A pregnant tigress strayed away from her habitat in the Sunderbans, and managed to hog the limelight the entire yesterday. She suffered an extended ordeal for close to 18 hours before she could be taken away on a steamer for treatment and releasing thereafter.
The Times of India brought out an alarming tale of the possibility of the beast’s extinction in India, one of its earliest natural habitats.
The figure doesn’t include Sunderbans populace since it was not available at the time of announcement. A ToI illustration is reproduced below.
Of the 32, 5 each died due to electrocution, lightning strike, and train accident. Since NFR railway tracks run through the dense forests in Dooars, the trains often encounter the pachyderms on the way.
The trains run at high speed giving the animals no chance to escape death. This year has already seen 2 deaths of which one was because of train accident.
Looking at these figures certain things become clear, at least in Bengal. One, poaching of elephants and killing tigers appears to have reduced somewhat. But two, the forest area is constantly dwindling due to human encroachment.
This has meant that while the wild beats may be gradually increasing in number, they are finding it very difficult to live in depleting forests comfortably.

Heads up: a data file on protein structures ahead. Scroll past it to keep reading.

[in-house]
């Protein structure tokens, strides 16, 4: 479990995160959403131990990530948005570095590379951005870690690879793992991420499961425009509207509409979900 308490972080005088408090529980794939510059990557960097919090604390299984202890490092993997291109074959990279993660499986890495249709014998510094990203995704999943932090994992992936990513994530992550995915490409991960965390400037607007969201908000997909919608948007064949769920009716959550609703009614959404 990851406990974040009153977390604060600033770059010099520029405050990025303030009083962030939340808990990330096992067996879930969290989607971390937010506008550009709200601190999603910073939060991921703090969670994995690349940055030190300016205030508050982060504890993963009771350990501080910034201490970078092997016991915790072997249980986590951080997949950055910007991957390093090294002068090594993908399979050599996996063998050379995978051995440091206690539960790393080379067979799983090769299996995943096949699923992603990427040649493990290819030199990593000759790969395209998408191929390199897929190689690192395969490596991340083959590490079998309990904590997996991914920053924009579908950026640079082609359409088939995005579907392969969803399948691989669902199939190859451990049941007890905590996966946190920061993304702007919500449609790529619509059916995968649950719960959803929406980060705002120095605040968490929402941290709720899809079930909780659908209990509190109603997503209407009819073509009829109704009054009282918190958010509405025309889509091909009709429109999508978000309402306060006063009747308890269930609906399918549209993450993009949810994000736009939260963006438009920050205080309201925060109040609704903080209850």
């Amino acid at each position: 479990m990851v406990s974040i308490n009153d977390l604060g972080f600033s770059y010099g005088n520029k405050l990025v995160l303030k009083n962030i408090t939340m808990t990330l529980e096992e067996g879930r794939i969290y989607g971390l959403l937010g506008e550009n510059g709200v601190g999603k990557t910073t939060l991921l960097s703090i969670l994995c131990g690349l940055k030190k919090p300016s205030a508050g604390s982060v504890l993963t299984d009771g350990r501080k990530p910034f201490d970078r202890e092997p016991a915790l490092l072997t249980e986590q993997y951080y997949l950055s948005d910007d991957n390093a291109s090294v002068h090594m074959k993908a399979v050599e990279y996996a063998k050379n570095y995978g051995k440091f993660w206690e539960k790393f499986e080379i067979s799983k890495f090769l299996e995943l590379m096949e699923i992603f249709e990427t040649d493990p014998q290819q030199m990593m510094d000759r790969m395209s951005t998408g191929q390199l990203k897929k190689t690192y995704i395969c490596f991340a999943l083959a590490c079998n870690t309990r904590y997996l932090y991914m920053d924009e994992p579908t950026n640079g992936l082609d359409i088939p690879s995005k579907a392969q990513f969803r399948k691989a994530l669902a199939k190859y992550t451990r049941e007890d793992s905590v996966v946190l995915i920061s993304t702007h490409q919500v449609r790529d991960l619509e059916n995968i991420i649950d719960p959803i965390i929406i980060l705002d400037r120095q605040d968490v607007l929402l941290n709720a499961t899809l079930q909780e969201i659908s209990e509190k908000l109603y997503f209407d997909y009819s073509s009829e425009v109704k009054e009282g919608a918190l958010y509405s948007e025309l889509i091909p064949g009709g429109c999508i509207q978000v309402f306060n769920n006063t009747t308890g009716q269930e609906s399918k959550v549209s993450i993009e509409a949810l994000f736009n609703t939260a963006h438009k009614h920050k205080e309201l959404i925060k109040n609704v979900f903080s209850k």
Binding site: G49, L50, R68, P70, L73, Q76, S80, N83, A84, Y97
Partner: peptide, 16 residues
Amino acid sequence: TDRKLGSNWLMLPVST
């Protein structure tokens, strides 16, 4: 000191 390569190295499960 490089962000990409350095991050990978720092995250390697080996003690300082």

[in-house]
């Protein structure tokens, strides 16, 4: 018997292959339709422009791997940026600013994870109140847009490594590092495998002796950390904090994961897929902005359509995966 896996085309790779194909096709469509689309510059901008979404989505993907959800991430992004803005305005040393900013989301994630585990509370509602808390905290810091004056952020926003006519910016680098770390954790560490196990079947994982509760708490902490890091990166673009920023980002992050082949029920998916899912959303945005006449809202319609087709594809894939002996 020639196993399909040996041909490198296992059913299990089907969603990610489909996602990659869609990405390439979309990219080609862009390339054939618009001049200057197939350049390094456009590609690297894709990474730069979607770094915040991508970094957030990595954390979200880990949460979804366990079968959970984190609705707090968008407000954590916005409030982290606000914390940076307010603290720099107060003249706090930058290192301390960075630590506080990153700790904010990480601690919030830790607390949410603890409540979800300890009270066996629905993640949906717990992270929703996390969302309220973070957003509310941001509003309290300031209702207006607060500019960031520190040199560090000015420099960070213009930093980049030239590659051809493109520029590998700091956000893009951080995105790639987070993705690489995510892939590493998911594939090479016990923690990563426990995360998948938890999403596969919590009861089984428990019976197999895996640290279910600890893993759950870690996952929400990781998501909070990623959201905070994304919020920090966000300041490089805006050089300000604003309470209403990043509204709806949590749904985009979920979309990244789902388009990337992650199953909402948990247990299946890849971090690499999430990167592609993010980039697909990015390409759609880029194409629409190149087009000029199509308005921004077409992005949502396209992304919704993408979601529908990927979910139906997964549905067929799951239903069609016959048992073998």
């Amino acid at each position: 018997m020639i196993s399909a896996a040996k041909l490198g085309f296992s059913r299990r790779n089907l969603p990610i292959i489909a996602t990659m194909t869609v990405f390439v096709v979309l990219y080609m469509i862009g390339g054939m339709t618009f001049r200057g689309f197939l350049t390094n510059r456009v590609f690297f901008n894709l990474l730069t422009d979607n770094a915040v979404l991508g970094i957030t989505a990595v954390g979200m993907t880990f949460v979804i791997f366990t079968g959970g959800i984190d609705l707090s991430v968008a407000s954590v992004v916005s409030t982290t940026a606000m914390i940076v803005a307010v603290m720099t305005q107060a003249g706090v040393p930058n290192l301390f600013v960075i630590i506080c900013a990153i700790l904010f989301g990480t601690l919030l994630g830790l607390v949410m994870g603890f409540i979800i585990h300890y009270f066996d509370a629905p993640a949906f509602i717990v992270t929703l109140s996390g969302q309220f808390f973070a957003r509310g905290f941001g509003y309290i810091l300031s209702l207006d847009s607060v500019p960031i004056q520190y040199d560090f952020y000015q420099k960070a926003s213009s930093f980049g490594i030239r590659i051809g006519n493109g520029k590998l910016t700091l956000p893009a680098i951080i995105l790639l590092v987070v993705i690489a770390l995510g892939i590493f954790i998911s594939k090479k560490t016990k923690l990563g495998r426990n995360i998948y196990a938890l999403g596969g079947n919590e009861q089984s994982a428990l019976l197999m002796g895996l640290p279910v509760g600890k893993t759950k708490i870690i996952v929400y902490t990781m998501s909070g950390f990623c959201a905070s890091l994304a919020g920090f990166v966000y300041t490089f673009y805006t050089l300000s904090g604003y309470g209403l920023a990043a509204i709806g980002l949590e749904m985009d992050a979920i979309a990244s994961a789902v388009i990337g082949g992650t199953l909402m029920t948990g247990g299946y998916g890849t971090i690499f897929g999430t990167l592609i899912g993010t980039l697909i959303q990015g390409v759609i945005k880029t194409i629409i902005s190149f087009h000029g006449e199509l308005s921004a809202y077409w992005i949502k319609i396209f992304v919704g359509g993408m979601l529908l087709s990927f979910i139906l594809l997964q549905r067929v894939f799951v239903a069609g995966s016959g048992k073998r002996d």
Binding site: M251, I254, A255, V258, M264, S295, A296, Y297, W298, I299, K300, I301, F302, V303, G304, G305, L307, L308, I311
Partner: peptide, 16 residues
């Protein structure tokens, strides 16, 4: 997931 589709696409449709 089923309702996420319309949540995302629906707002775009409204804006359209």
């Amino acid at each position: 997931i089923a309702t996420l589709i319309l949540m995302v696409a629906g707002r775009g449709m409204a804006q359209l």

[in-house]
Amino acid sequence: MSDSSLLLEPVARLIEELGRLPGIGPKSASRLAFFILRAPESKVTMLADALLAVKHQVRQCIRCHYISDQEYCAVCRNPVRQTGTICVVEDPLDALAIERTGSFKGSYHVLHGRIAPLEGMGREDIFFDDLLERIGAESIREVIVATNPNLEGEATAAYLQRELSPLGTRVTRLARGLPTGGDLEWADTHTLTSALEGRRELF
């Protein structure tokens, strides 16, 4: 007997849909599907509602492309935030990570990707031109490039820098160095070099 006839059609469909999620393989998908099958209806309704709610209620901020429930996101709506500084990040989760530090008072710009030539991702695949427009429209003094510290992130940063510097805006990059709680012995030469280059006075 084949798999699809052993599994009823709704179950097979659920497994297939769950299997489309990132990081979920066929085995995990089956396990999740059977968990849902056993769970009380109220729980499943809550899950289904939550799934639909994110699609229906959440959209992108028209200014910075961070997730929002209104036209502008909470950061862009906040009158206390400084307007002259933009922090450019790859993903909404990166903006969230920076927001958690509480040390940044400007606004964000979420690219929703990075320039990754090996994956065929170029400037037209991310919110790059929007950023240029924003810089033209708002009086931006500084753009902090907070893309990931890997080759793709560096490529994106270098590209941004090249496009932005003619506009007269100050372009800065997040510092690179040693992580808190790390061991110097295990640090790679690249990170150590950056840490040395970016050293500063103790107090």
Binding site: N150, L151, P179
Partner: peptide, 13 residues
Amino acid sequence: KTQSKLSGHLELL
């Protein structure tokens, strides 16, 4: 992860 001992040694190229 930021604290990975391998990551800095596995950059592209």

Perhaps this is the reason why we often find marauding elephants in both south and north Bengal straying into human habitation. Does it seem that there’s no solution forthcoming soon? Maybe only experts can tell.
Update, Feb 20, 2008:
All is well that ends well
The release ceremony started after the important attendees reached the venue. They included Kanti Ganguly, the WB minister for Sunderbans, and Atanu Raha, the Chief Forest Conservator.
Of course the media was there in full bloom armed with cameras and other visual aids. For, otherwise all the today’s editions wouldn’t have had those eye-catching images like the one above.
When the gate opened, the tigress leapt so powerfully to the ‘safety’ of the river that it took the breadth away of the assembled people. It looked as if she was pouncing on her prey with all the might.
Women from nearby villages blew conch-shells and ululated to welcome the beast’s release.
After swimming till mid-river, she turned and let go a fulsome roar that silenced everyone.
As one paper reported, “When its echoes faded away, there was only the sound of the jungle breeze. No one stirred on the deck.“